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Jun 30, 2021

Newly Discovered ‘Sleeper Phase’ in Stem Cells Could Advance Brain Tumor Treatment

Posted by in categories: biotech/medical, neuroscience

The human body contains hundreds of different types of cells, with stem cells working like blank canvases that can be adapted and reproduced to help our tissues grow and repair themselves. However, once hijacked, the same kind of cell proliferation can be damaging, as happens in cancer tumors.

Scientists have now discovered a new resting phase for neuroepithelial cells — the stem cells of the central nervous system — which appears to put them in a kind of dormancy. If we can work out how to apply this to cancer cells too, we could get to the stage of being able to put brain tumors to ‘sleep’.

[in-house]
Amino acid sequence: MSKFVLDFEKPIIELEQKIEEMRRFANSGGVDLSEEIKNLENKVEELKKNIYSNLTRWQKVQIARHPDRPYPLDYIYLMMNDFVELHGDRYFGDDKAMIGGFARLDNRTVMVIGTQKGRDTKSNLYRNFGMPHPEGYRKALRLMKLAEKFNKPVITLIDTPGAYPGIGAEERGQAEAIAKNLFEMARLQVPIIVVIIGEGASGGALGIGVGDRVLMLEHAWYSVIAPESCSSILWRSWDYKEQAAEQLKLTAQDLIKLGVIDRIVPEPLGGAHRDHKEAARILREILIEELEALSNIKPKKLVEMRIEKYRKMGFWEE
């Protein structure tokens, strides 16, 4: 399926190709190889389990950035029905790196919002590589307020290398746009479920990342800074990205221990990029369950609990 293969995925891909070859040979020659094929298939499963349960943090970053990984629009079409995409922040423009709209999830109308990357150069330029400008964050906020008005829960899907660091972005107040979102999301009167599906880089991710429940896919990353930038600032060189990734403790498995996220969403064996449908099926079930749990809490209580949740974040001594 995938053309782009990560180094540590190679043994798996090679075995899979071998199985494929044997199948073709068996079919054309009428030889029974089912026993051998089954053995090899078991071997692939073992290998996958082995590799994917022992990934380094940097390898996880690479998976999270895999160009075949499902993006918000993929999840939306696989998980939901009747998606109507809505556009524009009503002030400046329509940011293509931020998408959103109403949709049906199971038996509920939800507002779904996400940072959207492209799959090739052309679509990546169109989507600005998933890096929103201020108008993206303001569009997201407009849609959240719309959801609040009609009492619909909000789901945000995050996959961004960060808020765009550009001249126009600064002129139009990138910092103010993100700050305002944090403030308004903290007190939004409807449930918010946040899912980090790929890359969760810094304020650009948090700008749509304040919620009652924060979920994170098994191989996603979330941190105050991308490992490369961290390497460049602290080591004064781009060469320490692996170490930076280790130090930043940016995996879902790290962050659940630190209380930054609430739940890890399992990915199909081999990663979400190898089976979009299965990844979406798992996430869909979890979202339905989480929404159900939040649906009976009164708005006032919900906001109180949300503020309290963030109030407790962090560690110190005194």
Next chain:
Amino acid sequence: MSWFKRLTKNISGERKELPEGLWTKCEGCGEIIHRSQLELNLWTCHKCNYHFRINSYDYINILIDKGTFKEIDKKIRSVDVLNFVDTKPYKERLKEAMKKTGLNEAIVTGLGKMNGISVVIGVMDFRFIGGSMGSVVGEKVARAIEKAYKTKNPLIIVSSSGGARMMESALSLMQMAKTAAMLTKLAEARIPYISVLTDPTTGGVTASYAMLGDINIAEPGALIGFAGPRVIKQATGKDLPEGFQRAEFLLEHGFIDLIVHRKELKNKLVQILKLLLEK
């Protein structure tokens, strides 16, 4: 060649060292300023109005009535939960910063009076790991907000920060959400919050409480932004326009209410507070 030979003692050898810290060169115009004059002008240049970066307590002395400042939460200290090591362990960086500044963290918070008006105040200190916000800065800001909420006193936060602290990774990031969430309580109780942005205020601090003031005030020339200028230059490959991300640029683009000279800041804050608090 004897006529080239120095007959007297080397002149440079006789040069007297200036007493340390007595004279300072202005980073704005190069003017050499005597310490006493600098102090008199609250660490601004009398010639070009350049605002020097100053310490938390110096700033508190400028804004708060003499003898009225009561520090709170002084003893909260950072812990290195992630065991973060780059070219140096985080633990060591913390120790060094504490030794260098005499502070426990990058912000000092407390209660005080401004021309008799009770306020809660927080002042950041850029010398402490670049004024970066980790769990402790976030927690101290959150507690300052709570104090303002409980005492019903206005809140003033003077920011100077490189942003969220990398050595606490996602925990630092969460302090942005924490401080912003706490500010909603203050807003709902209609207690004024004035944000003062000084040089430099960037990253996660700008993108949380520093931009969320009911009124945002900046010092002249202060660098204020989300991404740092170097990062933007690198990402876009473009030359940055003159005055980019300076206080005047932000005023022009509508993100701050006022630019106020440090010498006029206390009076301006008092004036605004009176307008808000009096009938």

“The primary feature of any cancer is that the cells are proliferating,” says biomedical engineer Christopher Plaisier, from Arizona State University. “If we could get in there and figure out what the mechanisms are, that might be a place to slow them down.”

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